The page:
Kong: Skull Island is finally arriving this week (get your tickets here)! We're celebrating with a week of articles in honor of cinema's most famous ape.
Wrestling, for many, is an underappreciated art form. Inside the squared circle, politics clash with pop culture, shiny muscles, and more spandex than seen in the Tour de France. The pageantry, theatrics, and athleticism that comes along with the greatest show in sports entertainment has spawned a cultural phenomenon loved by cultures all across the globe. Whether it’s the mainstream giant of WWE, the cutting edge performances in New Japan Pro Wrestling, or the traditional flair of Mexican Luchador, it’s safe to assume that professional wrestling is a cultural fixture with the power to unite people around the world.
Some may cry that wrestling is “fake,” but fans have long since been aware of the pre-determined nature of the sport. Unlike basketball or hockey, the thrill of professional wrestling is less about the result, and more about the story. Wrestlers are more than just powerful athletes, they’re true performers not unlike carnival folks. They’ve spawned catchphrases that have become pop culture staples, and can boast being the start of the current highest paid actor. Wrestlers take inspiration from a wide variety of sources ranging from Joey Ryan’s oiled-up version of Magnum P.I., or Tyler Breeze’s modern portrait of Zoolander. With such a variance in style and presentation, wrestling federations have to discover new and unique ways to stand out. Enter: Kaiju Big Battel.
A group of students from The School of the Museum of Fine Arts in Boston, Massachusetts bonded over a love of Ultraman and united to make a monster suit and a short film to showcase it. Co-founder Rand Borden created a slew of kaiju suits, and The Revolving Museum in Boston booked the gang to beat each other up as kaiju monsters amongst a recklessly assembled cardboard city. That’s right, live action kaiju wrestling. Guys in rubber monster suits beating the crap out of each other for your entertainment. This performance art piece soon turned into a phenomenon, and thus Studio Kaiju was born. Best known for its live tournament style performances, the star of the studio, Kaiju Big Battel, is a humorous combination of music, video, wrestling and performance art.
Kaiju Big Battel is more than just a wrestling show with guys in spray painted foam; it’s a live action love letter to the films and comic books that inspired the genre. Its official description calls it “a modern conflict of epic proportions,” surrounding a story of “evil villains, menacing alien beasts, and giant monsters threatening to destroy the planet earth.” Costumes are often repurposed from existing materials like a knock-off Power Rangers helmet, and the world of Big Battel has an entire mythology in which the characters exist. Keeping not only with the Big Battel mythos but also the kayfabe of wrestling, if a character fights to the death and loses, the kaiju monster will die canonically, with little to no chance of returning. So while professional wrestling may be predetermined, it’s in the arena of Big Battel that the lives of your beloved fighters can literally hang in the balance, figuratively speaking.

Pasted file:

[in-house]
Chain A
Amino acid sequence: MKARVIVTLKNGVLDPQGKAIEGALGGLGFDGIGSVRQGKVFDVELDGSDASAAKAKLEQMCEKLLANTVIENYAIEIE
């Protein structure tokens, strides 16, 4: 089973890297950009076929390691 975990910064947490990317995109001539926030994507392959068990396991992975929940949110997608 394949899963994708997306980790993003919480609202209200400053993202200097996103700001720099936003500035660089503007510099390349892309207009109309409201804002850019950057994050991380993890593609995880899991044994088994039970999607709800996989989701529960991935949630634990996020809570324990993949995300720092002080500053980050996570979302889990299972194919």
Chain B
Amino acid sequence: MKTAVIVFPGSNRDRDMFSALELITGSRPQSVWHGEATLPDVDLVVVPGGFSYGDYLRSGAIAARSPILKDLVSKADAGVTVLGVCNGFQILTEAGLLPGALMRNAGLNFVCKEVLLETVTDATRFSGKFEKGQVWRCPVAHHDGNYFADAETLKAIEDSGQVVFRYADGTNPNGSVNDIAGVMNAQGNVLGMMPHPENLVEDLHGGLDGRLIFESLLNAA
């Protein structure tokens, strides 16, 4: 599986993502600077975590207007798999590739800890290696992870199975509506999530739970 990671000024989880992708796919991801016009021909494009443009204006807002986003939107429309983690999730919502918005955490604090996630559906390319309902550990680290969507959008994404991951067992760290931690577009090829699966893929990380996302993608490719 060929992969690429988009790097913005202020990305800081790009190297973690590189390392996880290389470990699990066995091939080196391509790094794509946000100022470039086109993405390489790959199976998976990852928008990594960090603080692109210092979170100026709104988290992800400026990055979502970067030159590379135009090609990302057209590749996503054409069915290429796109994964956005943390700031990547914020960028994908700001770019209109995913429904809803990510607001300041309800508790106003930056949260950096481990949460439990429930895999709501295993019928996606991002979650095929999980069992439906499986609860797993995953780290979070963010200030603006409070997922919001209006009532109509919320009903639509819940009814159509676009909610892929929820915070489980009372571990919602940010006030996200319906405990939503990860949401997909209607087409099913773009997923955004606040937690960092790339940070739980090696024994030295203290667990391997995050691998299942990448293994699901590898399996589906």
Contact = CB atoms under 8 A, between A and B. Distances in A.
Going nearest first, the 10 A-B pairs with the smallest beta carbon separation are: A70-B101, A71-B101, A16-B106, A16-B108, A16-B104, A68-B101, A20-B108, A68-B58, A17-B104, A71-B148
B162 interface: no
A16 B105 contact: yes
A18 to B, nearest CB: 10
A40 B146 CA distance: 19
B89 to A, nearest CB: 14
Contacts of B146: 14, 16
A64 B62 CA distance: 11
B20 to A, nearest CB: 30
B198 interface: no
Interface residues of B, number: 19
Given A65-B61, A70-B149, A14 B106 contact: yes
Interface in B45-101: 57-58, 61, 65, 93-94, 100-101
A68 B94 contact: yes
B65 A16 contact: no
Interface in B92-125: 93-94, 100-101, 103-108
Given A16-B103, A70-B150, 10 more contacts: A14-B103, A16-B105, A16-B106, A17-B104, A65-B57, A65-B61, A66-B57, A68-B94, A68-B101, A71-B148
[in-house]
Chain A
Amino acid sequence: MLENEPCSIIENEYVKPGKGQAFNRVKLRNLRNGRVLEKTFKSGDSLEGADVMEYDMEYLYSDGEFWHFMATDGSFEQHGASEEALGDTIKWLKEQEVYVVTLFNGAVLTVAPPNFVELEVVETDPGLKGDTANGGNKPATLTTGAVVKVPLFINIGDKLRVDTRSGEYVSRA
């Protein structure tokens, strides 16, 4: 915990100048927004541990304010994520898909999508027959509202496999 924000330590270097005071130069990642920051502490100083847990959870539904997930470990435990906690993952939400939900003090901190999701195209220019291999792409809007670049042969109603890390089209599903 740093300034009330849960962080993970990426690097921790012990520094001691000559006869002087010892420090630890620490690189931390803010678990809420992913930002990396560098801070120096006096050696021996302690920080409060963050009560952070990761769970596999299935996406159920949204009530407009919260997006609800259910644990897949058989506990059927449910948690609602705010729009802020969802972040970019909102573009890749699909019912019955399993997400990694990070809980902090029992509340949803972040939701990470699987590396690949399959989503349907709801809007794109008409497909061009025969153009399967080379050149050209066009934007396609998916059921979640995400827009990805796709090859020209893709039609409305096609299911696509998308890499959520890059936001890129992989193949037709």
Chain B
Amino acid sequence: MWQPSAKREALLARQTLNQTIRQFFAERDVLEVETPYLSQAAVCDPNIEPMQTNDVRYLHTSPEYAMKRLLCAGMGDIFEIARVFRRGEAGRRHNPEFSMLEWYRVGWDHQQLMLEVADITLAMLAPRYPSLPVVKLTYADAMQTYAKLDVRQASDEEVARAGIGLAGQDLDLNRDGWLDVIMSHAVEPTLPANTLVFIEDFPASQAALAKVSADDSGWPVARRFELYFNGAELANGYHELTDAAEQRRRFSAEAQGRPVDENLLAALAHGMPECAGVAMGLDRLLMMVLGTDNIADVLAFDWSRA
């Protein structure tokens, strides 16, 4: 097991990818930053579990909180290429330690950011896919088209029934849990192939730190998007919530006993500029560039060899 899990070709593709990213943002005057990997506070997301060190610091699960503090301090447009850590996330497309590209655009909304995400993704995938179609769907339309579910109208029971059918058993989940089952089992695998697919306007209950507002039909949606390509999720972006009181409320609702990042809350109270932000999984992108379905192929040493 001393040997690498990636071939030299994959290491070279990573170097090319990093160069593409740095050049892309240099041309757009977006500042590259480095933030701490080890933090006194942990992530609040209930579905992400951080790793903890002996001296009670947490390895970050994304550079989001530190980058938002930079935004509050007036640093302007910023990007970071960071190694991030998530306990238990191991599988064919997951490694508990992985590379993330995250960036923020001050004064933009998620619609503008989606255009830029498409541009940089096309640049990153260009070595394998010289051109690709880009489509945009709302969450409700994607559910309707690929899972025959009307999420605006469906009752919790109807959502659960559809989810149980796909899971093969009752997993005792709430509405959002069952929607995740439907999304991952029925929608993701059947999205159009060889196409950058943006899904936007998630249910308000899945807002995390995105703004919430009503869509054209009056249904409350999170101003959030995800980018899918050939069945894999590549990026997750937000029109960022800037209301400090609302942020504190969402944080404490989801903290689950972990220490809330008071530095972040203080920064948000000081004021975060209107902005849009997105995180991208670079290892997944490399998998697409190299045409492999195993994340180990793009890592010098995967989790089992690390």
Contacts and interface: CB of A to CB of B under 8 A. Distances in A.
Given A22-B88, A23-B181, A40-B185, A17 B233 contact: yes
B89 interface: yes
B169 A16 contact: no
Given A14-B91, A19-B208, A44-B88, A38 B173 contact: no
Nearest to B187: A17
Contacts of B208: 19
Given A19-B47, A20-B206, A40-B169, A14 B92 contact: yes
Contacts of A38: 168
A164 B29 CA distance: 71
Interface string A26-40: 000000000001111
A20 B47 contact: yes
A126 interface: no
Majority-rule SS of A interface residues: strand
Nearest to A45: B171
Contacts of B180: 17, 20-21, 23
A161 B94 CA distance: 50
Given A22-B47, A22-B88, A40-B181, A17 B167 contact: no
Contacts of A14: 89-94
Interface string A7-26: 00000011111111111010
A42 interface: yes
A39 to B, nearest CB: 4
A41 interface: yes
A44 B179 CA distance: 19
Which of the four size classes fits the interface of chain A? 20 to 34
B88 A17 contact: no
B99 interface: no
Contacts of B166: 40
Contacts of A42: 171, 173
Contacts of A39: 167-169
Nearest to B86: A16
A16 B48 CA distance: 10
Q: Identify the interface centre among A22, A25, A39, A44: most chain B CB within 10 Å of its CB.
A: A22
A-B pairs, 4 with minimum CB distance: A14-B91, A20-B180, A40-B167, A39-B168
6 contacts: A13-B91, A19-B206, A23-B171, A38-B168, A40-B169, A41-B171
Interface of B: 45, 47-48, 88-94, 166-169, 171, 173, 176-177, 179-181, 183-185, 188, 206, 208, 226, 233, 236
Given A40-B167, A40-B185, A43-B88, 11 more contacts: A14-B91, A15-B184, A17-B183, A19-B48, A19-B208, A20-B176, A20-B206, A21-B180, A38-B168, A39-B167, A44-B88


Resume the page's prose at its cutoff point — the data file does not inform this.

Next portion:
The success of Kaiju Big Battel has lead to Kaiju Manga, an online arcade-style game, action figures, DVDs, and even their own “Hell Monkey Hot Sauce.” This phenomenon has even become somewhat of a bucket list for many professional fighters with wrestlers like Drew Gulak, Necro Butcher, Rodrick Strong, Leva Bates, and Sami Callihan as just a few of the world-renowned performers to don a kaiju suit. Professional wrestler or long-time staple of Big Battel, everyone that puts on a kaiju suit and transforms into one of the thirty-five (or so) creatures to step into the ring, breathes life into the monsters that are slowly being replaced by computer images in the cinematic world.
Their gimmicks are categorized among aliens, mutants, avengers, and more - any means necessary to save humanity from the nefarious Dr. Cube and his evil creations. Whether it be his masked henchmen or the evil born in his mad laboratory, Dr. Cube will stop at nothing short of world domination. It’s up to a few brave souls to transverse the cosmos and save us all. Especially if that help comes in the form of twin Plantains in a tag team. Yup, that’s a real thing. The beauty of Kaiju Big Battel is it doesn’t wait for you to boo or cheer or worry about who’s going be in whatever tournament six months from now. It’s like stepping into a world where Super Inframan is someone you can get an autograph from. Each match is delivered to matter in the moment, at every moment.
Kaiju Big Battel offers the perfect blend of comedy, absurdity, and physical WTFness. If you can’t enjoy yourself watching shoebox skyscrapers being squashed then why are these masked crusaders even bothering to save the galaxy for the rest of us? It’s perfect fun for kids, casual wrestling fans, freaks and weirdos too. It’s even better live. So get out there. Support your intergalactic warriors, and not just the ones Hollywood puts on the big screen.